Happy Christmas!

What’s your own favourite Christmas reading?

At one time, it seemed to be the job of the Head of English to select something modern to accompany the traditional readings at the school Carol Service. T S Eliot’s ‘Journey of the Magi’ was a common, if not necessarily popular, choice. In my classroom, I preferred Charles Causley’s more accessible (and more amusing) ‘Ballad of the Bread Man’, with its arresting opening:
Baby in crib
Mary stood in the kitchen
Baking a loaf of bread.
An angel flew in the window
‘We’ve a job for you,’ he said.

U A Fanthorpe’s enjoyable Christmas sequence, including ‘Cat in the Manger’ and ‘The Wicked Fairy’, has a similar tone. Her Christmas Poems are well-worth seeking out.

John Betjeman’s ‘Christmas’ was another favourite; it must be an English trait to treat this central Christian festival in such a low key, ironic manner before hinting at belief. There is, of course, a long traditional of Christmas verse in English, including Christina Rossetti’s ‘Christmas Carol’ (‘In the bleak mid-winter’), which has become so well-known as, well, a Christmas carol, that it’s easy to forget it’s not traditional. More on the Christmas page.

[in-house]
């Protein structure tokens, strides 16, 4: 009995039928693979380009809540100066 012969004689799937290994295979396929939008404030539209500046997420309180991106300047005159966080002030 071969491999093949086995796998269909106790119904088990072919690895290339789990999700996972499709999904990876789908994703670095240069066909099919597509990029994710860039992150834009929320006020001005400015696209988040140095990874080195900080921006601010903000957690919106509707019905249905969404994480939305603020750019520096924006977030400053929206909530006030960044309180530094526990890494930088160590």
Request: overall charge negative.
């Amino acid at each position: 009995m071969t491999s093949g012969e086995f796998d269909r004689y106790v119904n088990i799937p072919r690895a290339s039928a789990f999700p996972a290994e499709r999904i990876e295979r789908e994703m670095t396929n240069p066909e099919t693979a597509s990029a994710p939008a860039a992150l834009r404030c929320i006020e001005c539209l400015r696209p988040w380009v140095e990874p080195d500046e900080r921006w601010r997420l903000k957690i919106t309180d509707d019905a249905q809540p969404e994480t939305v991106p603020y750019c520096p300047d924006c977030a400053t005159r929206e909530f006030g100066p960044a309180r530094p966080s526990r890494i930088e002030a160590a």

What’s your own favourite Christmas reading, for the classroom or comfortably by the fireside?

3 thoughts on “Happy Christmas!”

  1. My daughter kindly bought me The Manchester Carols for Christmas, with words by Carol Ann Duffy and music by music by Sasha Johnson Manning. Delightfully seasonal, I was at first surprised that Duffy’s words seemed so traditional – but then, she was born on 23 December (hence, I assume, her name). More about it on the Christmas page.

    My other children bought me books – very thoughtful, though as one was called Absent Minds and the other i before e (except after c), I was not sure there weren’t some coded messages in their choices….

  2. I rather think Wordsworth’s
    The world is too much with us; late and soon
    Getting and spending, we lay waste our powers
    Little we see in nature that is ours;
    We have given our hearts away – a sordid boon.
    has an appropriate ring.
    And what about Cummings’ ‘Little Tree’? A bit cheesy? I think he manages to just about get away with it. But then I have a soft spot for old lower case cummings.

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